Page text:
Apparently the possibility that people might take advantage of the "no pre-existing condition" clause of the ACA to get insurance when something catastrophic happens disturbs the insurance companies' bottom line deeply.
This is precisely what's happening...it's called "adverse selection".
I personally know someone who switched plans during open enrollment to get a different carrier who would pay the $100k for her experimental treatment. She has to pay slightly higher premiums than the first plan she was on, but it's not a bad tradeoff when you're "buying" $100k of value for a few hundred a month. She can't be declined and her preexisting condition must be covered.
Everyone understands why you can't buy auto insurance coverage for a collision that already has happened. The same holds for health insurance—it's absolutely untenable otherwise. Not that there is any love lost between me and the scumbag health insurance industry. I'm just pointing out it literally actuarially/mathematically cannot work the way some people want it to. You simply can't let people wait until they have, say, cancer to sign up for insurance and then demand that insurance pay for the treatment.
What's the solution? Well, since we as a society have decided we do not want a free market in health care (a free market would necessarily entail leaving those who cannot pay to die outside the doors of the ER), then our next optimization is to save money. We spend more per capita and in total than every other nation, and we get worse average outcomes for our population.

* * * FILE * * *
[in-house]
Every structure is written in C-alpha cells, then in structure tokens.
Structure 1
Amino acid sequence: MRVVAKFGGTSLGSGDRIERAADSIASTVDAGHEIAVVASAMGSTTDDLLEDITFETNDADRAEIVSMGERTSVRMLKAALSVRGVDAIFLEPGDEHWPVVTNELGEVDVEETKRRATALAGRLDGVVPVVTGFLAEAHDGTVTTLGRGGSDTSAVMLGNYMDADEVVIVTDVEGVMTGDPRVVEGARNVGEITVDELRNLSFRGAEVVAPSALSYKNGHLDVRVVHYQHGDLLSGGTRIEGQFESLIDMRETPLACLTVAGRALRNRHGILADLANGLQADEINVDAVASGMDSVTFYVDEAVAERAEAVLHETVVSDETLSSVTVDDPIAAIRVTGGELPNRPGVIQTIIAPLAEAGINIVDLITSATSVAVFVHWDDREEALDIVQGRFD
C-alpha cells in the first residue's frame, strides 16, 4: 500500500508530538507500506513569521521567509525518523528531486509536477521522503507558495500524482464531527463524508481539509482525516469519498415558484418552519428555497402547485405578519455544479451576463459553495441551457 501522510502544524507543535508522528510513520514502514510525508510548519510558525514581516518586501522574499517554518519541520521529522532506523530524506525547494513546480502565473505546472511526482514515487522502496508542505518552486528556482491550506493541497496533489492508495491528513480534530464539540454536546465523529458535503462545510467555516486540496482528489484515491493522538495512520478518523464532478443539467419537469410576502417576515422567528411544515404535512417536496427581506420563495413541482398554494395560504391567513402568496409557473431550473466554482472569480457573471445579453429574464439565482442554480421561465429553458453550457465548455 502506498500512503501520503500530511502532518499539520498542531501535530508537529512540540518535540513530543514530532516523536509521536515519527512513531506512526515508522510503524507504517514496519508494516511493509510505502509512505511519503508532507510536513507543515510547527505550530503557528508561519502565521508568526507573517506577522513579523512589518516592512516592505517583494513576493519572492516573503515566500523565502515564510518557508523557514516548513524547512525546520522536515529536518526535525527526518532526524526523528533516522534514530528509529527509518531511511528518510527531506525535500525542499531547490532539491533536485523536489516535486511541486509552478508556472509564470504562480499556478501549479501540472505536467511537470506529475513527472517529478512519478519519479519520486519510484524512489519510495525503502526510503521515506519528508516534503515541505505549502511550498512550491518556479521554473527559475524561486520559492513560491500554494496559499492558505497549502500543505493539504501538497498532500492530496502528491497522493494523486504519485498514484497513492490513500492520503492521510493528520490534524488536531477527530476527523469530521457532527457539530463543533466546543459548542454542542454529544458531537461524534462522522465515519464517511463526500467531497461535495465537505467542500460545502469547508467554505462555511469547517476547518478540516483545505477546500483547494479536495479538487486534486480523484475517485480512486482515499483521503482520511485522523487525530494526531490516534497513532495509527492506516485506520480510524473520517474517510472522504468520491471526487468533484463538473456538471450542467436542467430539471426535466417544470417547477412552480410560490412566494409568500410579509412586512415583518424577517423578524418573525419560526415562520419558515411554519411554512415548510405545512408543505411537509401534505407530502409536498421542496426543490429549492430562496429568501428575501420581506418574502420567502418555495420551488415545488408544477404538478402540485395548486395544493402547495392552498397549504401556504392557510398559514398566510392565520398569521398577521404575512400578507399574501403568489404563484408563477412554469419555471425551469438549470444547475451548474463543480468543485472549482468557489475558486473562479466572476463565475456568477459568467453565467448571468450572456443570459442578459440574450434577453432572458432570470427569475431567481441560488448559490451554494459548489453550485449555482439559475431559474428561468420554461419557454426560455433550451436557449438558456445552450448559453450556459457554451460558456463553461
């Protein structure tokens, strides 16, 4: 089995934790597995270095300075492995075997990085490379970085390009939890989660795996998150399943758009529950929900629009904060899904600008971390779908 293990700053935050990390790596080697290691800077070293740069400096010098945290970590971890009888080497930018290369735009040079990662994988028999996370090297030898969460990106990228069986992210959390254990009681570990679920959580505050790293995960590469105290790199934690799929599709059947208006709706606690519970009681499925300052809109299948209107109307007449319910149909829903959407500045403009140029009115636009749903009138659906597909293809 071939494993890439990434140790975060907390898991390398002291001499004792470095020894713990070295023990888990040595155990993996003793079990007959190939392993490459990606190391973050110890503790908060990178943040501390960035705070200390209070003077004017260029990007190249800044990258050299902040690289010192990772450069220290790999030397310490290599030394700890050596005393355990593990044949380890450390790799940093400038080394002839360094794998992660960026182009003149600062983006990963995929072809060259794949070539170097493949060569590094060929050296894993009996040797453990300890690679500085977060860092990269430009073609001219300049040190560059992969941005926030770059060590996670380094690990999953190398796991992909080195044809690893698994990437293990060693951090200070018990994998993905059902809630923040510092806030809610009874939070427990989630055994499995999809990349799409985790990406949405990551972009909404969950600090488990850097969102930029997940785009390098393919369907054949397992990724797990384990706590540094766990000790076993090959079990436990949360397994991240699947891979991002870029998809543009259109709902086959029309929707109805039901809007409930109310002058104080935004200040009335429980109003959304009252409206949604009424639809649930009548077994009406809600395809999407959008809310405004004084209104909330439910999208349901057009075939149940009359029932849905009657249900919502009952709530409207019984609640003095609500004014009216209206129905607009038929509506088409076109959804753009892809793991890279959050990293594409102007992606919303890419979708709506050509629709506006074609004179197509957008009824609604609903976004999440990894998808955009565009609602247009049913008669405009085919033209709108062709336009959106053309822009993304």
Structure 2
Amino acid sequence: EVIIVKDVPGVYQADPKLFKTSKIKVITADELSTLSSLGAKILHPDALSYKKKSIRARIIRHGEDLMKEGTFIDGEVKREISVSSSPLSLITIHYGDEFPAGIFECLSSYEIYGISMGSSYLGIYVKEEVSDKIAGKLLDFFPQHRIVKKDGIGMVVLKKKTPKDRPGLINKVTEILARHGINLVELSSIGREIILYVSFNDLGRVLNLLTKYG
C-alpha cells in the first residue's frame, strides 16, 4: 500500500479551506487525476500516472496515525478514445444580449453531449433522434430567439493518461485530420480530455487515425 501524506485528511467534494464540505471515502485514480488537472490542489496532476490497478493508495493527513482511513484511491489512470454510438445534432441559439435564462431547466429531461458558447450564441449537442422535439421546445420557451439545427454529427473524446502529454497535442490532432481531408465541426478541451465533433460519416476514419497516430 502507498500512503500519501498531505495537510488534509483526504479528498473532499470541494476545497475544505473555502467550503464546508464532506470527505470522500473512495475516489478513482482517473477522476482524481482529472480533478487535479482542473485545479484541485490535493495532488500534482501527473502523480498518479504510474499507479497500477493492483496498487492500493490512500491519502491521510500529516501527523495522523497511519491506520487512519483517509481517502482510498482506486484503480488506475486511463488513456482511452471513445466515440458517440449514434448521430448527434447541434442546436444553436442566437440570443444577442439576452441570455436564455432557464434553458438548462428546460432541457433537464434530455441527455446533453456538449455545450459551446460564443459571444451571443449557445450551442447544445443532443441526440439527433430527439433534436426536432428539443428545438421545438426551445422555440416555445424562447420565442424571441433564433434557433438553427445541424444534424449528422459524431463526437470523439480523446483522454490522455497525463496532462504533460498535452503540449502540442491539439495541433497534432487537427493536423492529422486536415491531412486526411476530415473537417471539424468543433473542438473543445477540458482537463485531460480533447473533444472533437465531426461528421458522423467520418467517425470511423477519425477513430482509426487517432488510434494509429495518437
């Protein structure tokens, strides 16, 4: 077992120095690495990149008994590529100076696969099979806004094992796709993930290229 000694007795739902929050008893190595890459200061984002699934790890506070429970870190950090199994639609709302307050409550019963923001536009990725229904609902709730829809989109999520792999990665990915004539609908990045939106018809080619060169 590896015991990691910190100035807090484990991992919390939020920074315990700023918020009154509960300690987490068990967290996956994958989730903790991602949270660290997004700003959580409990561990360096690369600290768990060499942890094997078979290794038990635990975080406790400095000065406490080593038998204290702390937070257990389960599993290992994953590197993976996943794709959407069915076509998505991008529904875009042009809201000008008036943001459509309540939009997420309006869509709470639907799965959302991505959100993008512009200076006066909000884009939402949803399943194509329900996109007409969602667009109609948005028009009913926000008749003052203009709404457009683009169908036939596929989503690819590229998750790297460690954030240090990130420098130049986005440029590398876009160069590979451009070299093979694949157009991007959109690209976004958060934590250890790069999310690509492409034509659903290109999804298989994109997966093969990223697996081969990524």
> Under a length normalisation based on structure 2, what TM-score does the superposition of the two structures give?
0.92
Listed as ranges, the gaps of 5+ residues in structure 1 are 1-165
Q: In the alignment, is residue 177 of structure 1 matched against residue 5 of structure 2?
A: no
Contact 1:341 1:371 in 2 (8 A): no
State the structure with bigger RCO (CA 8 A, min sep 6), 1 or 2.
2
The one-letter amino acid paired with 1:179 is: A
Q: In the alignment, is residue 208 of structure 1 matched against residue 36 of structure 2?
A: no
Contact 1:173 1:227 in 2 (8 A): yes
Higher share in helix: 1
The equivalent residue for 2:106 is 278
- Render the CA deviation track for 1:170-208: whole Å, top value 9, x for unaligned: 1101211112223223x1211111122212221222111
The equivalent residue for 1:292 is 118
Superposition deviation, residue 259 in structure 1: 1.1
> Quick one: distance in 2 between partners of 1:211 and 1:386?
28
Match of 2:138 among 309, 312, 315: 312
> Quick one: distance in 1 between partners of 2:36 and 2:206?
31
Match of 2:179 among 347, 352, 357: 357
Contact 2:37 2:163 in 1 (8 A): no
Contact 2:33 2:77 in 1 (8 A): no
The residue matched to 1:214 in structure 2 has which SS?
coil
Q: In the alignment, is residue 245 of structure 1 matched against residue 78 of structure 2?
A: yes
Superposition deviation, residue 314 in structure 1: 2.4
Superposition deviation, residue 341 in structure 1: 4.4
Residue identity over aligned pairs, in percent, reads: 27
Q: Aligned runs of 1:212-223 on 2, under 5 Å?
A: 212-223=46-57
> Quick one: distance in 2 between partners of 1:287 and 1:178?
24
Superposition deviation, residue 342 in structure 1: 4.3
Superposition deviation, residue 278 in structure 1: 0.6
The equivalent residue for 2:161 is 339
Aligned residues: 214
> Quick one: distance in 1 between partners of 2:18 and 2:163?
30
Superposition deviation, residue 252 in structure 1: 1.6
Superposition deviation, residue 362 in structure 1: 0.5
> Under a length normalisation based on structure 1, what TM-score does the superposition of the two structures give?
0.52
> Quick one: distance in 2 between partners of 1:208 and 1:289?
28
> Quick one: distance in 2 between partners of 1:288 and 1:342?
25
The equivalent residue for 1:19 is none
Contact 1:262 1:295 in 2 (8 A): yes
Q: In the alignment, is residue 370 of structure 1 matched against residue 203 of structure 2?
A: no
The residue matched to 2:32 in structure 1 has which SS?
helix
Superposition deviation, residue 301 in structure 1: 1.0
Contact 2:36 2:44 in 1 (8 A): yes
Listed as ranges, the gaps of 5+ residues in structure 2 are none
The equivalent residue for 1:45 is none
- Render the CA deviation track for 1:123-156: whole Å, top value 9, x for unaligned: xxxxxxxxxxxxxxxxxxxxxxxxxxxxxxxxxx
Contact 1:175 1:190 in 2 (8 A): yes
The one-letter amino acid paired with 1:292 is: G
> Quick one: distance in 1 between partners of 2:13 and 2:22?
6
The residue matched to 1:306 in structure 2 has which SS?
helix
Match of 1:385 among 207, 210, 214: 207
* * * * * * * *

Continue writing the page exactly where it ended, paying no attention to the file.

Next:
To put it more plainly: a socialized medicine system like they have in the UK would COST LESS than what we have now.
Furthermore, the NHS public healthcare system in the UK works alongside a private, more "free market" type of healthcare system. We could mirror that here if we wanted to encourage the private industry innovation that appeals to our cultural sensibilities. We already have that in other realms: the USPS and FedEx operate side by side, there are private schools that operate alongside public schools, etc.
Finally, we need to realize that a huge percentage of the US population is ALREADY on socialized medicine (ie. governmental health care programs paid for by taxes): everyone who is over 65 (Medicare), the poor (Medicaid), the veterans (the VA), the Armed Forces (Tricare), all federal, state and local governmental employees (taxes pay their premiums). Does anyone believe we will ever elimated those programs, barring universal healthcare in this country? The "free market for healthcare" ship sailed a long time ago.
Let's just try to save some money and get better health for our population instead of trying to pretend a mathematically-broken insurance approach is ever going to be a good idea.